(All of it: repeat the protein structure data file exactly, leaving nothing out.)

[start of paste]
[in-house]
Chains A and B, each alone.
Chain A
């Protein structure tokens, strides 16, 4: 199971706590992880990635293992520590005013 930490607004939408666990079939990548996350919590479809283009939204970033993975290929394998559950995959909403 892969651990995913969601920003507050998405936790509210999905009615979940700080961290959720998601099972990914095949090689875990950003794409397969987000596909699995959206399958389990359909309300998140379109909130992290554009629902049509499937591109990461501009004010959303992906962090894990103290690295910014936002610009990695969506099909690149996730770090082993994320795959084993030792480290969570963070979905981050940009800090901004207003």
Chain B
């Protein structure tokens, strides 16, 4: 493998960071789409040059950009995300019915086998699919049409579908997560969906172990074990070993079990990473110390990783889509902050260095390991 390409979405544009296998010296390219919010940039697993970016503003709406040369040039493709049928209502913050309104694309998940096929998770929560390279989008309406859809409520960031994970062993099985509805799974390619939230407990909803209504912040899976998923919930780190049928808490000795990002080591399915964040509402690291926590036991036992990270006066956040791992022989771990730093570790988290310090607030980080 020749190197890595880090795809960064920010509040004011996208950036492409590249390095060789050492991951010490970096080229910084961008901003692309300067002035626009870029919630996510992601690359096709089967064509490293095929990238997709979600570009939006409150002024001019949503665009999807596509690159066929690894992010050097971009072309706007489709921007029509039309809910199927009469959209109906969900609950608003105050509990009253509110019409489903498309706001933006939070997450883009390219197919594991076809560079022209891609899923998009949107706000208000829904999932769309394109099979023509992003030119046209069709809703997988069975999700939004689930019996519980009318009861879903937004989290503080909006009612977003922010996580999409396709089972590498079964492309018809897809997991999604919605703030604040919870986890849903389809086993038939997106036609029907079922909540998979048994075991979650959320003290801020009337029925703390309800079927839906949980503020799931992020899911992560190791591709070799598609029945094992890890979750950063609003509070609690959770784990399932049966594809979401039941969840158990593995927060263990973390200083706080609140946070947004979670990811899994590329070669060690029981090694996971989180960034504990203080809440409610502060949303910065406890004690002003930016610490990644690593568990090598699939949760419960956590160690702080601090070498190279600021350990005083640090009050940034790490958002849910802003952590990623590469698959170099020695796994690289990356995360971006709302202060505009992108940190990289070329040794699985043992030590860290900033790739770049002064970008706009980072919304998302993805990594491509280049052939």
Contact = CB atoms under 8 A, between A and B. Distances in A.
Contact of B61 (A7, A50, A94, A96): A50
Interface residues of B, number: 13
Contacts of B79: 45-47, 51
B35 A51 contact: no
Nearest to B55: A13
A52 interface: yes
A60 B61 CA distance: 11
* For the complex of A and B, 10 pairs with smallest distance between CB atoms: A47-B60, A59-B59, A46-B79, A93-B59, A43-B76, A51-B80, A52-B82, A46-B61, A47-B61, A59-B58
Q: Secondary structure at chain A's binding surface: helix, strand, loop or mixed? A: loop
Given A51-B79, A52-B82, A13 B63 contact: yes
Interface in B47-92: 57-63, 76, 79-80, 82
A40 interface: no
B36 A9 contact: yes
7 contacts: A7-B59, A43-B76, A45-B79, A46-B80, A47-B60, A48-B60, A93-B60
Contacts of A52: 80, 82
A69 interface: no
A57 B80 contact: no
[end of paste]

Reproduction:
[in-house]
Chains A and B, each alone.
Chain A
């Protein structure tokens, strides 16, 4: 199971706590992880990635293992520590005013 930490607004939408666990079939990548996350919590479809283009939204970033993975290929394998559950995959909403 892969651990995913969601920003507050998405936790509210999905009615979940700080961290959720998601099972990914095949090689875990950003794409397969987000596909699995959206399958389990359909309300998140379109909130992290554009629902049509499937591109990461501009004010959303992906962090894990103290690295910014936002610009990695969506099909690149996730770090082993994320795959084993030792480290969570963070979905981050940009800090901004207003």
Chain B
């Protein structure tokens, strides 16, 4: 493998960071789409040059950009995300019915086998699919049409579908997560969906172990074990070993079990990473110390990783889509902050260095390991 390409979405544009296998010296390219919010940039697993970016503003709406040369040039493709049928209502913050309104694309998940096929998770929560390279989008309406859809409520960031994970062993099985509805799974390619939230407990909803209504912040899976998923919930780190049928808490000795990002080591399915964040509402690291926590036991036992990270006066956040791992022989771990730093570790988290310090607030980080 020749190197890595880090795809960064920010509040004011996208950036492409590249390095060789050492991951010490970096080229910084961008901003692309300067002035626009870029919630996510992601690359096709089967064509490293095929990238997709979600570009939006409150002024001019949503665009999807596509690159066929690894992010050097971009072309706007489709921007029509039309809910199927009469959209109906969900609950608003105050509990009253509110019409489903498309706001933006939070997450883009390219197919594991076809560079022209891609899923998009949107706000208000829904999932769309394109099979023509992003030119046209069709809703997988069975999700939004689930019996519980009318009861879903937004989290503080909006009612977003922010996580999409396709089972590498079964492309018809897809997991999604919605703030604040919870986890849903389809086993038939997106036609029907079922909540998979048994075991979650959320003290801020009337029925703390309800079927839906949980503020799931992020899911992560190791591709070799598609029945094992890890979750950063609003509070609690959770784990399932049966594809979401039941969840158990593995927060263990973390200083706080609140946070947004979670990811899994590329070669060690029981090694996971989180960034504990203080809440409610502060949303910065406890004690002003930016610490990644690593568990090598699939949760419960956590160690702080601090070498190279600021350990005083640090009050940034790490958002849910802003952590990623590469698959170099020695796994690289990356995360971006709302202060505009992108940190990289070329040794699985043992030590860290900033790739770049002064970008706009980072919304998302993805990594491509280049052939």
Contact = CB atoms under 8 A, between A and B. Distances in A.
Contact of B61 (A7, A50, A94, A96): A50
Interface residues of B, number: 13
Contacts of B79: 45-47, 51
B35 A51 contact: no
Nearest to B55: A13
A52 interface: yes
A60 B61 CA distance: 11
* For the complex of A and B, 10 pairs with smallest distance between CB atoms: A47-B60, A59-B59, A46-B79, A93-B59, A43-B76, A51-B80, A52-B82, A46-B61, A47-B61, A59-B58
Q: Secondary structure at chain A's binding surface: helix, strand, loop or mixed? A: loop
Given A51-B79, A52-B82, A13 B63 contact: yes
Interface in B47-92: 57-63, 76, 79-80, 82
A40 interface: no
B36 A9 contact: yes
7 contacts: A7-B59, A43-B76, A45-B79, A46-B80, A47-B60, A48-B60, A93-B60
Contacts of A52: 80, 82
A69 interface: no
A57 B80 contact: no